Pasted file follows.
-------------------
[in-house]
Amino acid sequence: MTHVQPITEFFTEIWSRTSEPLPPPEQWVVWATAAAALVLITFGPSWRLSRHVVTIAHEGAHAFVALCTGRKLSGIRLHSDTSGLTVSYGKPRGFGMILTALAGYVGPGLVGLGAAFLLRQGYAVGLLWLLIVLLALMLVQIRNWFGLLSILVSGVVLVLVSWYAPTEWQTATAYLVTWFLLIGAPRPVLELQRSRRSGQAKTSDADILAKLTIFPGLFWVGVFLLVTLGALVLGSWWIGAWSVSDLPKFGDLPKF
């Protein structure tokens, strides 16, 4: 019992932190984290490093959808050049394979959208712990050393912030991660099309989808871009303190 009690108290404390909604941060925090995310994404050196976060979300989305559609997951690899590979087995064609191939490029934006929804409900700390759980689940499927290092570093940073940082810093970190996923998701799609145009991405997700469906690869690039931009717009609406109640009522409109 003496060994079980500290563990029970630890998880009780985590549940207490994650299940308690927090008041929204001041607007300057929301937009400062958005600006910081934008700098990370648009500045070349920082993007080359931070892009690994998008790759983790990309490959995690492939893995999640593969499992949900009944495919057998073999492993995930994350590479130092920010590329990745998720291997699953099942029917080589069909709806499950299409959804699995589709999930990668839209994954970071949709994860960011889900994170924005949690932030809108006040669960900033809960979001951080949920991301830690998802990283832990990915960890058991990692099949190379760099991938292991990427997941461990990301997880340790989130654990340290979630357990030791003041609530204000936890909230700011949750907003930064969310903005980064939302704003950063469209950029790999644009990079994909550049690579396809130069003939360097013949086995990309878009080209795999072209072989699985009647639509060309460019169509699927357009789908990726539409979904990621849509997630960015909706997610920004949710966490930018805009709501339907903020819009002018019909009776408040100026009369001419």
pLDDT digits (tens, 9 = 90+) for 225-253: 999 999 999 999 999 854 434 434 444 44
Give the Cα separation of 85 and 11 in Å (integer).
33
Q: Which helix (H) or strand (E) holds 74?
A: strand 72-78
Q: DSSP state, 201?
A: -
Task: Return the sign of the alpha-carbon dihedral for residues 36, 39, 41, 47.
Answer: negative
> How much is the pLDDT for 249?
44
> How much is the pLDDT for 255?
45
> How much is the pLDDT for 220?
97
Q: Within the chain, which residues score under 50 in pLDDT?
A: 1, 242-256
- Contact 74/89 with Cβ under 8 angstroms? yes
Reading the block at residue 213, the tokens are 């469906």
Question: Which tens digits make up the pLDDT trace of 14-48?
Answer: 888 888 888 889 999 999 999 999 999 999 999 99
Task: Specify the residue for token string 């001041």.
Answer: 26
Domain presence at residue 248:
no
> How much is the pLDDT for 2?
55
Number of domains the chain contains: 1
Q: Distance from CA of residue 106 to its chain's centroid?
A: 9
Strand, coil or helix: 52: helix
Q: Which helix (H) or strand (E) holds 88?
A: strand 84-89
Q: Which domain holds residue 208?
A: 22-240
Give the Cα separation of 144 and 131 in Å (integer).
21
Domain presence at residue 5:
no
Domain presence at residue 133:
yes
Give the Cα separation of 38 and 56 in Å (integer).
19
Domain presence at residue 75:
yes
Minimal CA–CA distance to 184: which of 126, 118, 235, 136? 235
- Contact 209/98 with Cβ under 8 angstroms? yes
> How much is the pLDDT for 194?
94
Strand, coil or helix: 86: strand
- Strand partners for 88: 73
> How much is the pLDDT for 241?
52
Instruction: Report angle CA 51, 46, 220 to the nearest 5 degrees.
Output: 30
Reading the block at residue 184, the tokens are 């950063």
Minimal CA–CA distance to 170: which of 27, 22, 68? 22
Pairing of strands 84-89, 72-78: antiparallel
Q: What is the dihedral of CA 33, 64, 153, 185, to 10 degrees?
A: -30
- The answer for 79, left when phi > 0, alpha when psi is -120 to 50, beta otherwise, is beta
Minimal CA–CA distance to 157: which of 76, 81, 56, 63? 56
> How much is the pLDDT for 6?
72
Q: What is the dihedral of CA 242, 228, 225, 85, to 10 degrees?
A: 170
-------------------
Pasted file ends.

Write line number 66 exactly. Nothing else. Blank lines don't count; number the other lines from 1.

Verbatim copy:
> How much is the pLDDT for 6?